WILMINGTON — Local Democrats joined riverside at Dram Tree Park Monday and, under the rumblings of trucks crossing Cape Fear Memorial Bridge, celebrated historic investments in purifying the nation’s contaminated drinking sources, including the one right behind them.
Signed into law by President Joe Biden Nov. 15, the $1.2 trillion bipartisan infrastructure deal will send money cross-country to fix disintegrating roads, modernize ports and airports, expand internet access, and — in an issue hitting close to home — get pollutants out of Americans’ water.
Specifically, $5 billion in the form of grants will be dispersed; $4 billion is included for the state revolving clean drinking water fund; and $1 billion is allocated to help utilities address contaminants in wastewater discharges.
“Billions. With a B,” state Rep. Deb Butler stressed. “Billions of dollars coming to remove the toxic forever chemicals that have rained down upon us for over 40 years.” Butler called PFAS “possibly our most pressing local issue.”
Wilmington Mayor Bill Saffo took to the riverside podium, accessorized with a sign for Biden’s “Build Back Better” agenda, to make known that the city would be fighting for its share of the money to take care of the issues at home.
The city is interested in obtaining a chunk of the funding for the Cape Fear Public Utility Authority’s $40-plus million installation of new carbon filters at the Sweeney Water Treatment Plant. CFPUA is suing Chemours in an attempt to force them to pay for the upgrades. As it awaits a settlement, though, the federal aid could offset the expenses. The lawsuit is in federal court and will likely take years, possibly a decade, to resolve, Saffo estimated.
“If we could get all of that money sooner rather than later, that would be one way that we could help immediately, putting this money to work, to protect our citizens,” Saffo said.
Construction on the filtering system began in 2019 and is expected to be complete by June 2022.
Butler indicated the Cape Fear region is in a good position to secure funding, considering the current Environmental Protection Agency administrator, Michael Regan, helmed the N.C. Department of Environmental Quality when PFAS was first discovered in the water system. In October, Regan traveled to N.C. State University to unveil the agency’s new PFAS Roadmap, a strategy for the next three years to research, restrict and remediate the chemicals.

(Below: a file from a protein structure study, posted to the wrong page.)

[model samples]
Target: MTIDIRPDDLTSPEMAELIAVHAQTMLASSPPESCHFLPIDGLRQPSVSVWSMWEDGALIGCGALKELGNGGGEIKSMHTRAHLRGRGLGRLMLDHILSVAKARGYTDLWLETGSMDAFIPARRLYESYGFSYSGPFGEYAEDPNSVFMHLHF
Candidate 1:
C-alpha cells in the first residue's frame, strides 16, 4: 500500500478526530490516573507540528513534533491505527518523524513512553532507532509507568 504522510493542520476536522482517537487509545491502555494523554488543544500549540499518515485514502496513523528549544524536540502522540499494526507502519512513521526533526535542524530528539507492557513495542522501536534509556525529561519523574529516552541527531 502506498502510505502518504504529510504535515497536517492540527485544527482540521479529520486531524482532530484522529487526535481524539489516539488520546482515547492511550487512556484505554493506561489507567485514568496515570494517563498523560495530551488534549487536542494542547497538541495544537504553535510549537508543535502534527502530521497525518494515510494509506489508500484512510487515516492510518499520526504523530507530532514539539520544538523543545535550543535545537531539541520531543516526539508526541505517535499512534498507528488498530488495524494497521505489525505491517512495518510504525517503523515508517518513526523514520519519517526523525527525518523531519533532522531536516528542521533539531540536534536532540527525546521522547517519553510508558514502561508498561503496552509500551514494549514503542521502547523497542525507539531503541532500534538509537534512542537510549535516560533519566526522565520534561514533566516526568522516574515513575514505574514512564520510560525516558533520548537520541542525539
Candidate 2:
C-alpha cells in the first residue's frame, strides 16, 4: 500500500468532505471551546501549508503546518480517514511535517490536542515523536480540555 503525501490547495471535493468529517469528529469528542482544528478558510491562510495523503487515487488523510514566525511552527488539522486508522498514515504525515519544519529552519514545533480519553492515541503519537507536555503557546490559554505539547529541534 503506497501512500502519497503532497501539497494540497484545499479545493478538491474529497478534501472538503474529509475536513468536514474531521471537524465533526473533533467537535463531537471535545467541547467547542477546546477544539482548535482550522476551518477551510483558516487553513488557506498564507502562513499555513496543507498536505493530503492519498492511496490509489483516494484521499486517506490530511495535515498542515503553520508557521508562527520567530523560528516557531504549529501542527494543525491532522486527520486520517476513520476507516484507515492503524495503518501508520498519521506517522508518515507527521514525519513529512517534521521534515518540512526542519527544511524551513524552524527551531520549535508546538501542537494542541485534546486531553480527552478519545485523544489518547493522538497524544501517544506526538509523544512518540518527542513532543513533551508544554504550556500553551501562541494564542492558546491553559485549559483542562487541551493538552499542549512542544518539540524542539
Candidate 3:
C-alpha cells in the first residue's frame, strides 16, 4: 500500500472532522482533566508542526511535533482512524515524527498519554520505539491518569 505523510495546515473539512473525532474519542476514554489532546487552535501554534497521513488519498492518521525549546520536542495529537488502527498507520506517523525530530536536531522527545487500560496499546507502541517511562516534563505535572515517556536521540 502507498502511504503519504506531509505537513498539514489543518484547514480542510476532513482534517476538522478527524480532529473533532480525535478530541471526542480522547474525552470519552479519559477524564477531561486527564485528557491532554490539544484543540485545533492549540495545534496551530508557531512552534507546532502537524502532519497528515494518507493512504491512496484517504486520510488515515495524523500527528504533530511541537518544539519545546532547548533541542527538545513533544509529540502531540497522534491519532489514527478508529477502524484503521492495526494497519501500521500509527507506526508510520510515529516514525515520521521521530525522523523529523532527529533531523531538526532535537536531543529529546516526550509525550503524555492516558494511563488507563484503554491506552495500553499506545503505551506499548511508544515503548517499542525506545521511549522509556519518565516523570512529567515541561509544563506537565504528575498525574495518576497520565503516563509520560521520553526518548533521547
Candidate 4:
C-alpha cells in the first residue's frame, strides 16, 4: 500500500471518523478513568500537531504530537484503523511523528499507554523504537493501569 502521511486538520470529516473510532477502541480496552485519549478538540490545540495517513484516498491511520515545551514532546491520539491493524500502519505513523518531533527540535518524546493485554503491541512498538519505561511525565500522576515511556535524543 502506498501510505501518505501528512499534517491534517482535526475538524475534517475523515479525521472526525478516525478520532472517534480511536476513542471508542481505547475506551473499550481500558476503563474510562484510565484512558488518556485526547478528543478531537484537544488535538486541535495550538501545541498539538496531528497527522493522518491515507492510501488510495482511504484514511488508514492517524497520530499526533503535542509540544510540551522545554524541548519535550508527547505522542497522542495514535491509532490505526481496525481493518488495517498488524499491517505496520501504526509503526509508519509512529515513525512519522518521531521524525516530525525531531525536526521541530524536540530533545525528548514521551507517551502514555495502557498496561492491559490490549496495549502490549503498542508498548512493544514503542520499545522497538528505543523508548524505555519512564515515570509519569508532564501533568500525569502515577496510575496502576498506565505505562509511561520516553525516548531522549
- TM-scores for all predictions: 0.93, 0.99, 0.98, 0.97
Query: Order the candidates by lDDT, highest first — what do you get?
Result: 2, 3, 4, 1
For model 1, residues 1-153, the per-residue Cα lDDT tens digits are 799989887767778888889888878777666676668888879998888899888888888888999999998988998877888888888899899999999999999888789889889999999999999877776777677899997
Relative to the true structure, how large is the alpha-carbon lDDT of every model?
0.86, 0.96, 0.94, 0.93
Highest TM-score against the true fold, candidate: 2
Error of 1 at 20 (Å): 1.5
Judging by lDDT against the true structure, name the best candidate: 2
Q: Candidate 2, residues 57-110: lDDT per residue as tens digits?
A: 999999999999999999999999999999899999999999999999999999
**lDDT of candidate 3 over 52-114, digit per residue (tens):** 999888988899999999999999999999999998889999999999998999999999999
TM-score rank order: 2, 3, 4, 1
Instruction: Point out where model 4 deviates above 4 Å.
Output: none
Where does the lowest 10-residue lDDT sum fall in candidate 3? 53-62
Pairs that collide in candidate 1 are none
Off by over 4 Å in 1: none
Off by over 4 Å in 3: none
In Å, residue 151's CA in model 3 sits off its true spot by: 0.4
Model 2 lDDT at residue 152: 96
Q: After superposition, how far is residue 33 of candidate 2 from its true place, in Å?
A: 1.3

“He is keenly aware of this issue, and I am confident that that is why it has risen to such national importance,” Butler said. “And so I am sure that North Carolina and the treatment of this issue is going to get its fair do because he is in charge of championing it.”
Though it’s not yet clear how much money could flow into Wilmington, Mayor Saffo called the infrastructure bill “a big deal” for the area. He said CFPUA’s improvements are necessary given the circumstances but costly, and there’s still more that needs to be done outside of the public utility system.
Over the past four decades, approximately 300,000 residents of Cape Fear communities have been exposed to drinking water contaminated by PFAS, which the DuPont spin-off Chemours had dumped into the Cape Fear River since at least the ‘80s.
Per a consent order, negotiated by the Southern Environmental Law Center on behalf of Cape Fear River Watch with the NCDEQ, Chemours must spend hundreds of millions cleaning up its contamination at the source. In the end, it is required to have halted at least 99% of PFAS from escaping the Fayetteville site, according to Kemp Burdette, riverkeeper of Cape Fear River Watch.
However, Chemours is not the only source to blame for PFAS contamination, and the situation is not unique to Wilmington.